5 Things You Need to Know About Marketing Automation


Thinking about investing in marketing automation?

Great, you’re on the right step to closing the gap between your business and your customers. But before you get too far, let’s take a step back take a look at these 5 things you have to know about marketing automation:

Marketing automation is like marketing with friggen lazers!
If you’re not already aware, marketing automation is a beautiful thing. From automated workflows, to email campaigns, to easy to create landing pages and quality lead scoring and filtering, marketing automation is an incredible tool for companies of all sizes.

Whether you’re a small family business or a large international corporation, marketing automation lets your company simplify lead nurturing and customer relationship all while providing real time data and performance and action.

5 Things You Need to Know About Marketing Automation:

1. You Need Content

Answer this question: Do you have a library of content to support your products / services at the top, middle, and bottom levels of the sales funnel? If you answered yes, skip to number two. If you answered no, let’s take a step back and discuss the relationship between content and marketing automation.

Marketing automation is not a tool for content creation. Marketing automation is a tool for engaging with customers, implementing and assessing conversion points on your site, managing email campaigns, creating landing pages, providing personalized / dynamic messages to your leads, and nurturing leads through the sales funnel. But none of these features work if you don’t have content. Think of it like this: marketing automation is a car and content is the gas. A car is a great tool to take you from point A to point B, but it can only do that if you fill it with gas.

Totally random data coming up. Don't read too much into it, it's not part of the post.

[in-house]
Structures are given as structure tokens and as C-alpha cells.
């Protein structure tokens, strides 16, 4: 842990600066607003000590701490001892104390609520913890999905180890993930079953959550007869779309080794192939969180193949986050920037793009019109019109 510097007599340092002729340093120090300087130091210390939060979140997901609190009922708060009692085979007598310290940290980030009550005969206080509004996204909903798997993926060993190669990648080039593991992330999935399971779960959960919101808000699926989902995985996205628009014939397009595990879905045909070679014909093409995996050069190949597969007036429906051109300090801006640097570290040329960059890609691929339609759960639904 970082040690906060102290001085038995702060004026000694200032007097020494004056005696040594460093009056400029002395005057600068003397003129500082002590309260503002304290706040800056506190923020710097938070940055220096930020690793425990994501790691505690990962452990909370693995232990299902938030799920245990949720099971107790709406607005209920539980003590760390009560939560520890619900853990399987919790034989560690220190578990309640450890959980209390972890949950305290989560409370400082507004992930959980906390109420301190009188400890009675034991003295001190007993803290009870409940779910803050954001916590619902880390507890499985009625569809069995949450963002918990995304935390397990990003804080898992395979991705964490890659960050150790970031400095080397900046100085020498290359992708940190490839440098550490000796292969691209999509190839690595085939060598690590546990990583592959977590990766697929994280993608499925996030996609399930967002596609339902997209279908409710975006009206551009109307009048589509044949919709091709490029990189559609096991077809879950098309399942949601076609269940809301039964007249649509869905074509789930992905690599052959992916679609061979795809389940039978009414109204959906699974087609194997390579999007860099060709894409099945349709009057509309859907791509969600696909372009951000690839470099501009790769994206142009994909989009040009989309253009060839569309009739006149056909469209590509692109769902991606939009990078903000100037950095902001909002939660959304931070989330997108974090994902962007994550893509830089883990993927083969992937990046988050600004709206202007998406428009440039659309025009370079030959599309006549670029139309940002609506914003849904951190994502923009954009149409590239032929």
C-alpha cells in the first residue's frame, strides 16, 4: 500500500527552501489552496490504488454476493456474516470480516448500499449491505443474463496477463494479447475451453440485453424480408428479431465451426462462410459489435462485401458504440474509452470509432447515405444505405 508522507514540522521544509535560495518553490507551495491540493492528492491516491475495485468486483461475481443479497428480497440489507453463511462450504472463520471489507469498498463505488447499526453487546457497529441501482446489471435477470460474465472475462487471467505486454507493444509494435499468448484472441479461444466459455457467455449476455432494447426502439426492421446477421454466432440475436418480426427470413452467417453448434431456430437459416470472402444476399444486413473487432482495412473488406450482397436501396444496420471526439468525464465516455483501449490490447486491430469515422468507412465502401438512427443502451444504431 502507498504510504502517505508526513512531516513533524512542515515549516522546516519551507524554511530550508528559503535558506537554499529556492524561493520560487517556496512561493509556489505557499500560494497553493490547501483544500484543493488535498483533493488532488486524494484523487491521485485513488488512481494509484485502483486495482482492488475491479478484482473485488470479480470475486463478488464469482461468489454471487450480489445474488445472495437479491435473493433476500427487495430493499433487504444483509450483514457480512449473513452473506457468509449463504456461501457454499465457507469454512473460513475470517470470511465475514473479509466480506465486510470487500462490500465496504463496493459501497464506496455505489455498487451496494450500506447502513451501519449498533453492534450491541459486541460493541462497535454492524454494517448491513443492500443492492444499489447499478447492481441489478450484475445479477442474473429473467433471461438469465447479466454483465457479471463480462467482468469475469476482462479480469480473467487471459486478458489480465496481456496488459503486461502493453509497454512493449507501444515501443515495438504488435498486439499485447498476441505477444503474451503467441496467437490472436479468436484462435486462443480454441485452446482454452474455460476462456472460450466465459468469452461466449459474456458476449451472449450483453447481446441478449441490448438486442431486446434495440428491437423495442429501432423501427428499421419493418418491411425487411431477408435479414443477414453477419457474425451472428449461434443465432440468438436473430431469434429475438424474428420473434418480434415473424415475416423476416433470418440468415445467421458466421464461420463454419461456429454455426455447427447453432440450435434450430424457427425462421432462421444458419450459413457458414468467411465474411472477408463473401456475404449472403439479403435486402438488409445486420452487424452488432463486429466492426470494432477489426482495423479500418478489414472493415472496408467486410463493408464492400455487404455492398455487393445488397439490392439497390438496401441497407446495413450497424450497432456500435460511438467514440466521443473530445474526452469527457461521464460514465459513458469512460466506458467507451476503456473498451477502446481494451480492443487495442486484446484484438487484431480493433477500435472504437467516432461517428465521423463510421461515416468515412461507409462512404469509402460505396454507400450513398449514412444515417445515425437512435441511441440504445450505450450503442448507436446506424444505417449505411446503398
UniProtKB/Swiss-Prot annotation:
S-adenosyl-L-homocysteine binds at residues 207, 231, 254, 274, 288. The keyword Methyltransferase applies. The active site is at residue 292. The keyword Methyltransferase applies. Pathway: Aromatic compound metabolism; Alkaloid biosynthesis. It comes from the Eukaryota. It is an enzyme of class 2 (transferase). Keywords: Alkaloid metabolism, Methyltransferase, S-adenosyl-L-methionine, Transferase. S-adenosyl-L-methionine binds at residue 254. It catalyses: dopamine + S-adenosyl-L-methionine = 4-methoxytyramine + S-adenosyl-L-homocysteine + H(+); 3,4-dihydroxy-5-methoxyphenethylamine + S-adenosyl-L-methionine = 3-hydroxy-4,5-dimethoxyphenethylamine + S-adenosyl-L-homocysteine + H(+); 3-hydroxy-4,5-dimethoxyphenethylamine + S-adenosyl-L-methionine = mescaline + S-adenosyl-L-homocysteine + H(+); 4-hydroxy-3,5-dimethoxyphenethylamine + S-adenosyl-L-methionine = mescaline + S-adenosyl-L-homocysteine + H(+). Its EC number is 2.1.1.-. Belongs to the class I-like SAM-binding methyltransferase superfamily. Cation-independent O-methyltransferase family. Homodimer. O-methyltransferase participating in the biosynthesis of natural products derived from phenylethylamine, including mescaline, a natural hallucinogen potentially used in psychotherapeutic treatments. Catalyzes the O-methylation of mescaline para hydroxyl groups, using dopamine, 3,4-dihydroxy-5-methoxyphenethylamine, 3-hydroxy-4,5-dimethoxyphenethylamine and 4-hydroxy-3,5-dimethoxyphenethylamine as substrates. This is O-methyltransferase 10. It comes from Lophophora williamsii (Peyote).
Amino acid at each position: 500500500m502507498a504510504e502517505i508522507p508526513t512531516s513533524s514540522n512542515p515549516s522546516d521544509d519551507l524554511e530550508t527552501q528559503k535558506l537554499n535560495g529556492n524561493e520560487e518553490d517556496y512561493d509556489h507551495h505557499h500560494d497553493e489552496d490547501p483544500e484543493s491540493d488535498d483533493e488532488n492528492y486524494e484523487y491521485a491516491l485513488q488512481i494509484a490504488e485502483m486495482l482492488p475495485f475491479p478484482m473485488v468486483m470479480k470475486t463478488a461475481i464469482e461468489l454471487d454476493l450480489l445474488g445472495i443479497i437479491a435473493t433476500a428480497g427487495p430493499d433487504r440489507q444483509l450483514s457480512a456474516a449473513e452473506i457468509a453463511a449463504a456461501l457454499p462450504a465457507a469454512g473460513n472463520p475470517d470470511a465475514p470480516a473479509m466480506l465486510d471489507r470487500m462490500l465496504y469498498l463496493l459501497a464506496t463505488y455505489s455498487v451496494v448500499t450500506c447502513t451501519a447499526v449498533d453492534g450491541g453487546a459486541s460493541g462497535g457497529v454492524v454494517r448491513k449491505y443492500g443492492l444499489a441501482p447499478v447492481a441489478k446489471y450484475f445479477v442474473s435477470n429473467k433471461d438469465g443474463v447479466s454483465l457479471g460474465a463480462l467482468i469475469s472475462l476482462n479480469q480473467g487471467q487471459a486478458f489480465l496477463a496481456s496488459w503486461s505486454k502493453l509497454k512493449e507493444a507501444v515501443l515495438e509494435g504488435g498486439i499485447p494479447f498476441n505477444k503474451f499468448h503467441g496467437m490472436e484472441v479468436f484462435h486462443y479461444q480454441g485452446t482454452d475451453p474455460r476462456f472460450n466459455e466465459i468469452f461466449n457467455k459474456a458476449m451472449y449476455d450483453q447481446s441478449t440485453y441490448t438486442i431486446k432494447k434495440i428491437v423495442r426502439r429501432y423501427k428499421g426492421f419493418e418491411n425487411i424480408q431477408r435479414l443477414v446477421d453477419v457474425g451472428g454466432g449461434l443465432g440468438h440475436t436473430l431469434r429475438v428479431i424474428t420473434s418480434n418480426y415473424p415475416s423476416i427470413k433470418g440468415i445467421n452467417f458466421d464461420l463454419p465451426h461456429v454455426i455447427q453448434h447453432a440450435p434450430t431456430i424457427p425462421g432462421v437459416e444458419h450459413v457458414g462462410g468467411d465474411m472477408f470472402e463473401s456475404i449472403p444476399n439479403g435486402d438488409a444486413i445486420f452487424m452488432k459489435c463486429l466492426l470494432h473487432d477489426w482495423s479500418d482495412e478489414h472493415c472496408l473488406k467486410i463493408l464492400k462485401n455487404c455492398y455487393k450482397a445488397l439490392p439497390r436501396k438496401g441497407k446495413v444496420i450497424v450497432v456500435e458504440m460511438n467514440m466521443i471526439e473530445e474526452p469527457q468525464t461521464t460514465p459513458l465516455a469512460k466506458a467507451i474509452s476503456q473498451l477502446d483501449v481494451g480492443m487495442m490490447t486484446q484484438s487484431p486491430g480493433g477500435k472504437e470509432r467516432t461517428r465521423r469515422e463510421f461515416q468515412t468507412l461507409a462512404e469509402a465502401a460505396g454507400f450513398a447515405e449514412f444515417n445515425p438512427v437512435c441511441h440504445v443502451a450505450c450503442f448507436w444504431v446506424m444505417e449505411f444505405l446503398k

You will only receive value from your marketing automation platform if you have content that supports the top, middle, and bottom levels of the sales funnel. Why? Because you need to give visitors a reason to convert from a visitor to a lead. You need to have content to build into workflows and email campaigns. To create dynamic content for your users, you need to first have a library of content to pull from. Landing pages’ lack purpose if you are lacking content to offer on them.

The phrase ‘content is king,’ is over used but true. When it comes to marketing automation, content is king, queen, court jester, and the even the stable boy. Content is everything, and you need it if you’re going to have a kick-ass marketing automation strategy.

Here is a guide to help you figure out what content to use, and what stage to use it in:

Content Guide

Watering plant

2. It’s a Commitment

You know what happens to a plant if you don’t water it? It dies. Marketing automation is the same thing, it isn’t a set it and forget it tool. Your marketing automation requires weekly, or sometimes daily, maintenance and monitoring – but don’t worry it’s easy. You will receive email reports on how many leads you have acquired, how workflows are progressing, and the state of running campaigns. This will give you the necessary information to make changes within the platform and on your campaigns.